Organ Pipe Cactus National Monument
|Organ Pipe Cactus National Monuments|
IUCN category V (protected landscape/seascape)
|Location||Pima County, Arizona, USA|
|Nearest city||Ajo, Arizona|
|Area||330,688 acres (1,338.25 km2)|
|Created||April 13, 1937|
|Visitors||260,375 (in 2018)|
|Governing body||National Park Service|
|Website||Organ Pipe Cactus National Monument|
Organ Pipe Cactus National Monument is a U.S. National Monument and UNESCO biosphere reserve located in extreme southern Arizona that shares a border with the Mexican state of Sonora. The park is the only place in the United States where the organ pipe cactus grows wild. Along with organ pipe, many other types of cacti and other desert flora native to the Yuma Desert section of the Sonoran Desert region grow in the park. Organ Pipe Cactus National Monument is 517 sq mi (1,340 km2) in size. In 1976 the monument was declared a Biosphere Reserve by UNESCO, and in 1977 95% of Organ Pipe Cactus was declared a wilderness area.
Land for the Monument was donated by the Arizona state legislature to the federal government during Prohibition knowing that the north-south road would be improved and make contraband alcohol easier to import from Mexico. In 1937 the land was officially opened as a national monument.
On August 9, 2002, Ranger Kris Eggle was shot and killed by a suspected Mexican drug smuggler during a United States Border Patrol operation. The visitor center has been named in his honor. The majority of the park was closed from 2003 to 2014.
Mexico-United States barrier
The first 30-foot (9.1 m) panels of a new Arizona, US-Mexico border wall were installed in August 2019 on a two-mile (3.2 km) stretch of Organ Pipe Cactus National Monument. It is the first of three projects that will add bollard walls along Southern Arizona's wildlife refuges. The National Park Service issued a report on September 18, 2019, stating that the barrier wall threatens archaeological artifacts representing 16,000 years of human history. The U.S. Customs and Border Protection agency said that only five archaeological sites fall within the area that it wishes to construct.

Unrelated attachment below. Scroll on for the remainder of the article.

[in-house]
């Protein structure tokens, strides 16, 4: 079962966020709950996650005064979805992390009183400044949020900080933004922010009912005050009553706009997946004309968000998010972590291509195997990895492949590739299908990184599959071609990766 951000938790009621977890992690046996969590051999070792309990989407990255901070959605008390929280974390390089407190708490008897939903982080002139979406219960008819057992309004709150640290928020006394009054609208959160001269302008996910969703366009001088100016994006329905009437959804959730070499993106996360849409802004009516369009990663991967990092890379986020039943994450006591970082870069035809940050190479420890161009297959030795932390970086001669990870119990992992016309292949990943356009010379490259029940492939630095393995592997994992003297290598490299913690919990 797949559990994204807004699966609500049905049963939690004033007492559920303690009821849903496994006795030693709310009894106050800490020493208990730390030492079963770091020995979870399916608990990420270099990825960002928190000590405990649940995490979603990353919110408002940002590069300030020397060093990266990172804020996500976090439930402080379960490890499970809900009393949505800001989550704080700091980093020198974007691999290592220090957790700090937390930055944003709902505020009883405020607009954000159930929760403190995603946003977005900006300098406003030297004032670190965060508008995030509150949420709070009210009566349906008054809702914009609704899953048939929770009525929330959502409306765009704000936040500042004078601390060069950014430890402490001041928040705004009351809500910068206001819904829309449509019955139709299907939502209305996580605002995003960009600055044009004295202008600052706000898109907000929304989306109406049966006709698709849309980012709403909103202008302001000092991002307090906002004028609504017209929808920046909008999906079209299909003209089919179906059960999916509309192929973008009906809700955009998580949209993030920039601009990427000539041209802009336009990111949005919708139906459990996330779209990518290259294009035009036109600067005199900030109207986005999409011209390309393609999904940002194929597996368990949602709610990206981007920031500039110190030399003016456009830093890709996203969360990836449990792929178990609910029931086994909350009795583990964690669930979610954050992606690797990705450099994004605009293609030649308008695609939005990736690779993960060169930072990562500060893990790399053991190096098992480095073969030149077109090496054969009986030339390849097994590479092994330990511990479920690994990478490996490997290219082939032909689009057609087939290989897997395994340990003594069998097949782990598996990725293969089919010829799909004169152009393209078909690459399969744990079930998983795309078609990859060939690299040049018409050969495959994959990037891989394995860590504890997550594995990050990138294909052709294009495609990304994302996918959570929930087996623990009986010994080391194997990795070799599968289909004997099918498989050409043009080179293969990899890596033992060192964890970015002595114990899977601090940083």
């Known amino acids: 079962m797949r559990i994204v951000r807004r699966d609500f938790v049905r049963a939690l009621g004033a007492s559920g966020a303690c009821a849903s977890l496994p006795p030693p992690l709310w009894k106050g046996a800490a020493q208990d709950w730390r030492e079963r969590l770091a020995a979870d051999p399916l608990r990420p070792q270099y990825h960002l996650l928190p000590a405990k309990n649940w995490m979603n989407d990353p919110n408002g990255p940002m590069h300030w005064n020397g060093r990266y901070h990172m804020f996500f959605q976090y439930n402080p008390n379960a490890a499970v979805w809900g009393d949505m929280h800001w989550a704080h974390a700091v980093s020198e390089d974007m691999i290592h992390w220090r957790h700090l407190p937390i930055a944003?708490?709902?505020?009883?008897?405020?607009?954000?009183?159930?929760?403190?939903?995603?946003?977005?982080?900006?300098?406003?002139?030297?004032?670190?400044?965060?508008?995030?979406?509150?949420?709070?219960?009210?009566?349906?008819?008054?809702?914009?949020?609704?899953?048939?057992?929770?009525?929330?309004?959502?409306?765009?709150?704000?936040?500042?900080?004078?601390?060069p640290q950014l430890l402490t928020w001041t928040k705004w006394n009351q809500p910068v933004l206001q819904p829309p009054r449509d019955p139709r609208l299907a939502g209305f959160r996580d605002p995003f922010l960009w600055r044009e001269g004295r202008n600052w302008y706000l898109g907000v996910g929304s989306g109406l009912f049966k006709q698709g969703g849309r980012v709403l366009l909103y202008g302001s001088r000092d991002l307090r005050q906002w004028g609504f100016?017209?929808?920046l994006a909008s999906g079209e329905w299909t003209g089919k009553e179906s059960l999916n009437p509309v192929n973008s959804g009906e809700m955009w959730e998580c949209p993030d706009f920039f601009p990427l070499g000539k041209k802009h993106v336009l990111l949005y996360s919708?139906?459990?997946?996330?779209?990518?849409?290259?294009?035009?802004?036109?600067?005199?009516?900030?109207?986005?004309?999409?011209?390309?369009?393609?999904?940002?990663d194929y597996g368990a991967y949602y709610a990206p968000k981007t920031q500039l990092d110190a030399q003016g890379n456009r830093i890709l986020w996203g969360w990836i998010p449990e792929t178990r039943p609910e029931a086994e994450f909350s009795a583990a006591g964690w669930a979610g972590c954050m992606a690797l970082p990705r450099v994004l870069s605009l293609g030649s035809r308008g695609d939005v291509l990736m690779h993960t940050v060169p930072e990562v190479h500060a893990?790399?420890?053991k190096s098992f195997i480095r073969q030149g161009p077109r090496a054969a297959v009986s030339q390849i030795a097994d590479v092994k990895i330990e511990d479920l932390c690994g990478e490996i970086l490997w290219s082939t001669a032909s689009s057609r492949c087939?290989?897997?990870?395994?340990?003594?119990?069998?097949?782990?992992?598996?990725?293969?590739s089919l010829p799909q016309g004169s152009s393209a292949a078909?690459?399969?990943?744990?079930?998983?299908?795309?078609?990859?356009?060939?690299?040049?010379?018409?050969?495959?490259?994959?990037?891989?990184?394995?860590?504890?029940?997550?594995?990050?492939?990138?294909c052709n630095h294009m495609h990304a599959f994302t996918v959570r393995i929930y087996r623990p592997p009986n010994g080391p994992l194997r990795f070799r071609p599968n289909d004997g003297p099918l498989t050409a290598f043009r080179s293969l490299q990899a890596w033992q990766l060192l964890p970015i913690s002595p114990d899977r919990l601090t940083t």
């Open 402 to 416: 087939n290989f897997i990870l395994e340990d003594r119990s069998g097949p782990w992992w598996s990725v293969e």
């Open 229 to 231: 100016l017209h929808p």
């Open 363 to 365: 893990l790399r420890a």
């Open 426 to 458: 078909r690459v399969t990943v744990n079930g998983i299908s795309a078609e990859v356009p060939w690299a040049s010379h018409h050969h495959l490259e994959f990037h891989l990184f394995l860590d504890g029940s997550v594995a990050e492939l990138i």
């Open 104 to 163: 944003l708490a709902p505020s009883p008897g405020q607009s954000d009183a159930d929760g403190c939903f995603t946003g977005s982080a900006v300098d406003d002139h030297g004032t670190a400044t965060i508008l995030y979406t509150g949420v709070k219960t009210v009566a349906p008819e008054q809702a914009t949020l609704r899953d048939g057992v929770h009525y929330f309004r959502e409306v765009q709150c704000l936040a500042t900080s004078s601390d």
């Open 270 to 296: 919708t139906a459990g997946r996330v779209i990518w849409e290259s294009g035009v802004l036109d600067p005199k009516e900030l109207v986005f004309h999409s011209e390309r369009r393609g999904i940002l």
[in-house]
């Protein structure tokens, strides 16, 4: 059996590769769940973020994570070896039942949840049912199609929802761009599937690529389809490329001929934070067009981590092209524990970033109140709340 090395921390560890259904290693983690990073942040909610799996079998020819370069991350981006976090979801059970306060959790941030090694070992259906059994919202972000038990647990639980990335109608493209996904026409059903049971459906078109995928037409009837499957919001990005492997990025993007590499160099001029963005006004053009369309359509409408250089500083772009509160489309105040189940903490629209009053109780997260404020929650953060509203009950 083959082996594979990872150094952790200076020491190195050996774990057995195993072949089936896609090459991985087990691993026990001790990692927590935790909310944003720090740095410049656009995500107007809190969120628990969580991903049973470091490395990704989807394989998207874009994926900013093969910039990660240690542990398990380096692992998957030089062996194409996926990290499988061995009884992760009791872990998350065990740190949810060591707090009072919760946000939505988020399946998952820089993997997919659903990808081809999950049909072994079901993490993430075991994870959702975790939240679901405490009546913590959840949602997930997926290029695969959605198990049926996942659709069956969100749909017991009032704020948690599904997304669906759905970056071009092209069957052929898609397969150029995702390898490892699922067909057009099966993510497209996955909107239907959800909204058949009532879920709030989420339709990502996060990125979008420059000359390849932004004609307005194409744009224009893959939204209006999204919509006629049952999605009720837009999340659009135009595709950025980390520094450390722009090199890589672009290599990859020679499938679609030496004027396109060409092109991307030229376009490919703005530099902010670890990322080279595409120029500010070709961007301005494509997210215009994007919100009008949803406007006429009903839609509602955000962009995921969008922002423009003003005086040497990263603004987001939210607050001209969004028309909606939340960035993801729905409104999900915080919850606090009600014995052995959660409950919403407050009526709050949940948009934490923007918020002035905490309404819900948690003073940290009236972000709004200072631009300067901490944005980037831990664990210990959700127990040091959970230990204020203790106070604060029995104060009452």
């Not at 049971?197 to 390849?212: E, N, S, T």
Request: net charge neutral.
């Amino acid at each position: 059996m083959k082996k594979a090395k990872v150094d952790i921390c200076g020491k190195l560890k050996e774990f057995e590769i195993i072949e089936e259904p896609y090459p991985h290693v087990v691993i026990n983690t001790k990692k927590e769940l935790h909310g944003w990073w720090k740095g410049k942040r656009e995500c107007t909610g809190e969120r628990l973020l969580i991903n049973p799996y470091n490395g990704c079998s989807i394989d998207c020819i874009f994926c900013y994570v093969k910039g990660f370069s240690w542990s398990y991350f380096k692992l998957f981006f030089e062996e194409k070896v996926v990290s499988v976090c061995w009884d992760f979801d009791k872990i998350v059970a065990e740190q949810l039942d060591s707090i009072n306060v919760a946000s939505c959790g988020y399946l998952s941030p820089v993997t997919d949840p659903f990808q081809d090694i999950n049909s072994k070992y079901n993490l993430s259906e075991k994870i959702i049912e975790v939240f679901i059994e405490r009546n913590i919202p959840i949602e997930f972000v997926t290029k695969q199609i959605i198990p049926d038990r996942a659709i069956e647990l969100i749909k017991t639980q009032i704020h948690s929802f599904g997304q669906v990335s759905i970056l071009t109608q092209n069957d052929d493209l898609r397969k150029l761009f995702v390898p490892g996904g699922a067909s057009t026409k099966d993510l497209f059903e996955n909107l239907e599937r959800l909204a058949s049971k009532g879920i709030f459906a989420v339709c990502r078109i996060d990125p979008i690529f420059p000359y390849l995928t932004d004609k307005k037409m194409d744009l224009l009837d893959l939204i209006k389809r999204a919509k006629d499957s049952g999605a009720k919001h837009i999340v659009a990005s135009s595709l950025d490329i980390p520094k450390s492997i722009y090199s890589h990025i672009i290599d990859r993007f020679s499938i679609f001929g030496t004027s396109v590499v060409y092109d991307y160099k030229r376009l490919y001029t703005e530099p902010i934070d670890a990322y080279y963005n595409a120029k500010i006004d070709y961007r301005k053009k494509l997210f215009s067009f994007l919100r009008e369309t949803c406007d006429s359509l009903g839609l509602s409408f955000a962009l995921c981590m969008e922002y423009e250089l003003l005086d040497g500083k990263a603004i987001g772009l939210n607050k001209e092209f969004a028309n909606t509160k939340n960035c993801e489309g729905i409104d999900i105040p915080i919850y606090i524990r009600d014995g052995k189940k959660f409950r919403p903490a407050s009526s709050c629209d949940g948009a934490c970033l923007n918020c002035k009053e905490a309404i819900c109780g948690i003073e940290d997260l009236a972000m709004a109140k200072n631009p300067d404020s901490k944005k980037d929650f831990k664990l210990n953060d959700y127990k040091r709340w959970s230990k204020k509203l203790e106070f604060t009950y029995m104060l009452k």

- Bates Well Ranch, listed on the National Register of Historic Places within the park
- Dos Lomitas Ranch, also listed on the NRHP
- Growler Valley and Growler Mountains geographic features located within the park
- El Camino del Diablo historic road that traverses a section of the monument
- "Listing of acreage as of December 31, 2011". Land Resource Division, National Park Service. Retrieved 2012-05-14.
- "NPS Annual Recreation Visits Report". National Park Service. Retrieved 2019-06-15.
- "Listing of National Park System Areas by State". National Park Service. Retrieved 2011-06-30.
- Brean, Henry (August 15, 2019). "Trump administration delays border wall work in Arizona preserves". Arizona Daily Star. Retrieved August 15, 2019.
- After 11 years, Organ Pipe Cactus National Monument reopens
- Smith, Dylan; Ingram, Paul (August 25, 2019). "New border wall going up in Arizona's Organ Pipe National Monument". Tucson Sentinel. Tucson, Arizona. Retrieved August 28, 2019.
- Carranza, Rafael (August 23, 2019). "Trump administration begins to replace existing border barriers in Arizona using military funds". The Arizona Republic. Retrieved August 28, 2019 – via AZCentral.
- Prendergast, Curt (September 1, 2019). "Border wall rising near Lukeville". Arizona Daily Star. Retrieved September 2, 2019.
- Chantal Da Silva (Sep 18, 2019), "DONALD TRUMP'S BORDER WALL COULD SEE 16,000 YEARS OF HISTORY DESTROYED, NATIONAL PARK SERVICE REPORT WARNS", Newsweek
|Wikimedia Commons has media related to Organ Pipe Cactus National Monument.|
|Wikivoyage has a travel guide for Organ Pipe Cactus National Monument.|